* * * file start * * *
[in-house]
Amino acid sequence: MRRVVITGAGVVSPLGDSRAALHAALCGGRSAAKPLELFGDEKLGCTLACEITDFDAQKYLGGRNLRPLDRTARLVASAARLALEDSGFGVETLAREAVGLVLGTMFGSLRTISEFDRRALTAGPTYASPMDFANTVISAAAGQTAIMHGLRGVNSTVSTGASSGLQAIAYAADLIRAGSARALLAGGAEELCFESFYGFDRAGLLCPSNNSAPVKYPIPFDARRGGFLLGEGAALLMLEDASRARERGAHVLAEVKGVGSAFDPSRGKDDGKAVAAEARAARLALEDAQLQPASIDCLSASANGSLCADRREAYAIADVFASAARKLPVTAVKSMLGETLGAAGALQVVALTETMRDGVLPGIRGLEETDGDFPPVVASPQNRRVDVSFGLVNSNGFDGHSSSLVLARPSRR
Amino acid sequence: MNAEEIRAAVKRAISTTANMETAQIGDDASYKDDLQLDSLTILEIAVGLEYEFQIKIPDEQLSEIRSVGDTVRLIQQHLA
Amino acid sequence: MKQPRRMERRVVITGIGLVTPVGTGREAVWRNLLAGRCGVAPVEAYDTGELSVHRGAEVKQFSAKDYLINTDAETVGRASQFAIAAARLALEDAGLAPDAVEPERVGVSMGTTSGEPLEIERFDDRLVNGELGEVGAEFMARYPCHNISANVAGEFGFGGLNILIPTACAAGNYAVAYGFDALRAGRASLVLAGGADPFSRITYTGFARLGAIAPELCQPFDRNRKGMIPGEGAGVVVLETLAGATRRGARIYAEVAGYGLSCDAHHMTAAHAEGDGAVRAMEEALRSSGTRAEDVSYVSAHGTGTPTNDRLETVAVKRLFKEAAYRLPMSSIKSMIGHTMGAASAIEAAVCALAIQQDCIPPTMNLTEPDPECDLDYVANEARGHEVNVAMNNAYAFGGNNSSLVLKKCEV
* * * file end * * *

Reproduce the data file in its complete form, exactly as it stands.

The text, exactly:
[in-house]
Amino acid sequence: MRRVVITGAGVVSPLGDSRAALHAALCGGRSAAKPLELFGDEKLGCTLACEITDFDAQKYLGGRNLRPLDRTARLVASAARLALEDSGFGVETLAREAVGLVLGTMFGSLRTISEFDRRALTAGPTYASPMDFANTVISAAAGQTAIMHGLRGVNSTVSTGASSGLQAIAYAADLIRAGSARALLAGGAEELCFESFYGFDRAGLLCPSNNSAPVKYPIPFDARRGGFLLGEGAALLMLEDASRARERGAHVLAEVKGVGSAFDPSRGKDDGKAVAAEARAARLALEDAQLQPASIDCLSASANGSLCADRREAYAIADVFASAARKLPVTAVKSMLGETLGAAGALQVVALTETMRDGVLPGIRGLEETDGDFPPVVASPQNRRVDVSFGLVNSNGFDGHSSSLVLARPSRR
Amino acid sequence: MNAEEIRAAVKRAISTTANMETAQIGDDASYKDDLQLDSLTILEIAVGLEYEFQIKIPDEQLSEIRSVGDTVRLIQQHLA
Amino acid sequence: MKQPRRMERRVVITGIGLVTPVGTGREAVWRNLLAGRCGVAPVEAYDTGELSVHRGAEVKQFSAKDYLINTDAETVGRASQFAIAAARLALEDAGLAPDAVEPERVGVSMGTTSGEPLEIERFDDRLVNGELGEVGAEFMARYPCHNISANVAGEFGFGGLNILIPTACAAGNYAVAYGFDALRAGRASLVLAGGADPFSRITYTGFARLGAIAPELCQPFDRNRKGMIPGEGAGVVVLETLAGATRRGARIYAEVAGYGLSCDAHHMTAAHAEGDGAVRAMEEALRSSGTRAEDVSYVSAHGTGTPTNDRLETVAVKRLFKEAAYRLPMSSIKSMIGHTMGAASAIEAAVCALAIQQDCIPPTMNLTEPDPECDLDYVANEARGHEVNVAMNNAYAFGGNNSSLVLKKCEV